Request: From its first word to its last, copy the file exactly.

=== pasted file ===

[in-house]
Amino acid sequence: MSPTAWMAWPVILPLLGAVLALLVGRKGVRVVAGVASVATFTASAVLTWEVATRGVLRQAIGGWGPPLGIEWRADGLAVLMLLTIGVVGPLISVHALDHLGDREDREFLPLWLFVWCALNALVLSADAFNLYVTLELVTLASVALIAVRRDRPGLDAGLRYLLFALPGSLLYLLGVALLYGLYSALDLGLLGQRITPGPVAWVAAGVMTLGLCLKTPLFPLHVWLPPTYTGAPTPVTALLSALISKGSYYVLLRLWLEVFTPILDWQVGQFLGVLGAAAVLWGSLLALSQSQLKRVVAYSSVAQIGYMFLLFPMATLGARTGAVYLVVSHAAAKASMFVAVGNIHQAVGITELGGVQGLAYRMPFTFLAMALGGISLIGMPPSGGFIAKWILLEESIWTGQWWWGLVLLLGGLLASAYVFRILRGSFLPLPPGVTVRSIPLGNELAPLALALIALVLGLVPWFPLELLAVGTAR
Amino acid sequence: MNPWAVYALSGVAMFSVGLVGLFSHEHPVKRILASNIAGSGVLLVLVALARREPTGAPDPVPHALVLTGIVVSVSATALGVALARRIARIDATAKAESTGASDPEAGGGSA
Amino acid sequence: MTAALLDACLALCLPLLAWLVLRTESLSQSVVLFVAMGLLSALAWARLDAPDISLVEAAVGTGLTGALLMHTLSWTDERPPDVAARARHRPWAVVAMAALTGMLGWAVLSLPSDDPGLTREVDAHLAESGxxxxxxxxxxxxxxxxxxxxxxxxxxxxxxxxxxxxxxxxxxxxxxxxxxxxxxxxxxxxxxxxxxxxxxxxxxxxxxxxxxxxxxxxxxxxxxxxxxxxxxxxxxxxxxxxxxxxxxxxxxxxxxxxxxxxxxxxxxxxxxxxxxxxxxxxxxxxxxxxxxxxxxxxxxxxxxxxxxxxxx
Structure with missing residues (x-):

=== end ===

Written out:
[in-house]
Amino acid sequence: MSPTAWMAWPVILPLLGAVLALLVGRKGVRVVAGVASVATFTASAVLTWEVATRGVLRQAIGGWGPPLGIEWRADGLAVLMLLTIGVVGPLISVHALDHLGDREDREFLPLWLFVWCALNALVLSADAFNLYVTLELVTLASVALIAVRRDRPGLDAGLRYLLFALPGSLLYLLGVALLYGLYSALDLGLLGQRITPGPVAWVAAGVMTLGLCLKTPLFPLHVWLPPTYTGAPTPVTALLSALISKGSYYVLLRLWLEVFTPILDWQVGQFLGVLGAAAVLWGSLLALSQSQLKRVVAYSSVAQIGYMFLLFPMATLGARTGAVYLVVSHAAAKASMFVAVGNIHQAVGITELGGVQGLAYRMPFTFLAMALGGISLIGMPPSGGFIAKWILLEESIWTGQWWWGLVLLLGGLLASAYVFRILRGSFLPLPPGVTVRSIPLGNELAPLALALIALVLGLVPWFPLELLAVGTAR
Amino acid sequence: MNPWAVYALSGVAMFSVGLVGLFSHEHPVKRILASNIAGSGVLLVLVALARREPTGAPDPVPHALVLTGIVVSVSATALGVALARRIARIDATAKAESTGASDPEAGGGSA
Amino acid sequence: MTAALLDACLALCLPLLAWLVLRTESLSQSVVLFVAMGLLSALAWARLDAPDISLVEAAVGTGLTGALLMHTLSWTDERPPDVAARARHRPWAVVAMAALTGMLGWAVLSLPSDDPGLTREVDAHLAESGxxxxxxxxxxxxxxxxxxxxxxxxxxxxxxxxxxxxxxxxxxxxxxxxxxxxxxxxxxxxxxxxxxxxxxxxxxxxxxxxxxxxxxxxxxxxxxxxxxxxxxxxxxxxxxxxxxxxxxxxxxxxxxxxxxxxxxxxxxxxxxxxxxxxxxxxxxxxxxxxxxxxxxxxxxxxxxxxxxxxxx
Structure with missing residues (x-):